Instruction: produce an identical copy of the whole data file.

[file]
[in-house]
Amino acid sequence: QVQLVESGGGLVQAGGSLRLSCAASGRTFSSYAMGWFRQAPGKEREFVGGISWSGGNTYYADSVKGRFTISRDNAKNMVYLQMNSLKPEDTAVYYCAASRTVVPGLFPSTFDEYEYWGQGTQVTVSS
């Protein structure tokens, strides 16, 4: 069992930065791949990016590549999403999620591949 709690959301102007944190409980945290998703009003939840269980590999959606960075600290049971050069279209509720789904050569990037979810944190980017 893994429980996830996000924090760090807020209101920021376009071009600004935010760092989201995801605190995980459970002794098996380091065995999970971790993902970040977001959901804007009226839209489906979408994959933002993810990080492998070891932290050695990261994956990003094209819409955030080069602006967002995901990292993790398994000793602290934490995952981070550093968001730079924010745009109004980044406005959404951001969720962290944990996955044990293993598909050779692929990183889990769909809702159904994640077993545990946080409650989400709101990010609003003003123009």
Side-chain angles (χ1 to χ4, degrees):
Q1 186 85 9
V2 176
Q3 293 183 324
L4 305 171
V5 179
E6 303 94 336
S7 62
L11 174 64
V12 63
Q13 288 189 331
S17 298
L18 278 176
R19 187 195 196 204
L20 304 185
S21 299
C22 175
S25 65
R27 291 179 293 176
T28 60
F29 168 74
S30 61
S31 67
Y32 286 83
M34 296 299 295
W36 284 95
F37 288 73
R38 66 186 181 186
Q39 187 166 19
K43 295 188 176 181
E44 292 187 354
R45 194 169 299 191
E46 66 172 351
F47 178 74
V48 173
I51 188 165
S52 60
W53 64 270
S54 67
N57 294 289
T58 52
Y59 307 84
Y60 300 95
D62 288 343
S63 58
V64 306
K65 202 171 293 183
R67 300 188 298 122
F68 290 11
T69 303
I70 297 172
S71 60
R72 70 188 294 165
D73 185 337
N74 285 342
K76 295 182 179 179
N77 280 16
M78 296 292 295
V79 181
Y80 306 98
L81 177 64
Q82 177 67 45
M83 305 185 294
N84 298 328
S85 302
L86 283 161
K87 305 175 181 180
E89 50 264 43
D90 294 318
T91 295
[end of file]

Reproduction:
[in-house]
Amino acid sequence: QVQLVESGGGLVQAGGSLRLSCAASGRTFSSYAMGWFRQAPGKEREFVGGISWSGGNTYYADSVKGRFTISRDNAKNMVYLQMNSLKPEDTAVYYCAASRTVVPGLFPSTFDEYEYWGQGTQVTVSS
């Protein structure tokens, strides 16, 4: 069992930065791949990016590549999403999620591949 709690959301102007944190409980945290998703009003939840269980590999959606960075600290049971050069279209509720789904050569990037979810944190980017 893994429980996830996000924090760090807020209101920021376009071009600004935010760092989201995801605190995980459970002794098996380091065995999970971790993902970040977001959901804007009226839209489906979408994959933002993810990080492998070891932290050695990261994956990003094209819409955030080069602006967002995901990292993790398994000793602290934490995952981070550093968001730079924010745009109004980044406005959404951001969720962290944990996955044990293993598909050779692929990183889990769909809702159904994640077993545990946080409650989400709101990010609003003003123009």
Side-chain angles (χ1 to χ4, degrees):
Q1 186 85 9
V2 176
Q3 293 183 324
L4 305 171
V5 179
E6 303 94 336
S7 62
L11 174 64
V12 63
Q13 288 189 331
S17 298
L18 278 176
R19 187 195 196 204
L20 304 185
S21 299
C22 175
S25 65
R27 291 179 293 176
T28 60
F29 168 74
S30 61
S31 67
Y32 286 83
M34 296 299 295
W36 284 95
F37 288 73
R38 66 186 181 186
Q39 187 166 19
K43 295 188 176 181
E44 292 187 354
R45 194 169 299 191
E46 66 172 351
F47 178 74
V48 173
I51 188 165
S52 60
W53 64 270
S54 67
N57 294 289
T58 52
Y59 307 84
Y60 300 95
D62 288 343
S63 58
V64 306
K65 202 171 293 183
R67 300 188 298 122
F68 290 11
T69 303
I70 297 172
S71 60
R72 70 188 294 165
D73 185 337
N74 285 342
K76 295 182 179 179
N77 280 16
M78 296 292 295
V79 181
Y80 306 98
L81 177 64
Q82 177 67 45
M83 305 185 294
N84 298 328
S85 302
L86 283 161
K87 305 175 181 180
E89 50 264 43
D90 294 318
T91 295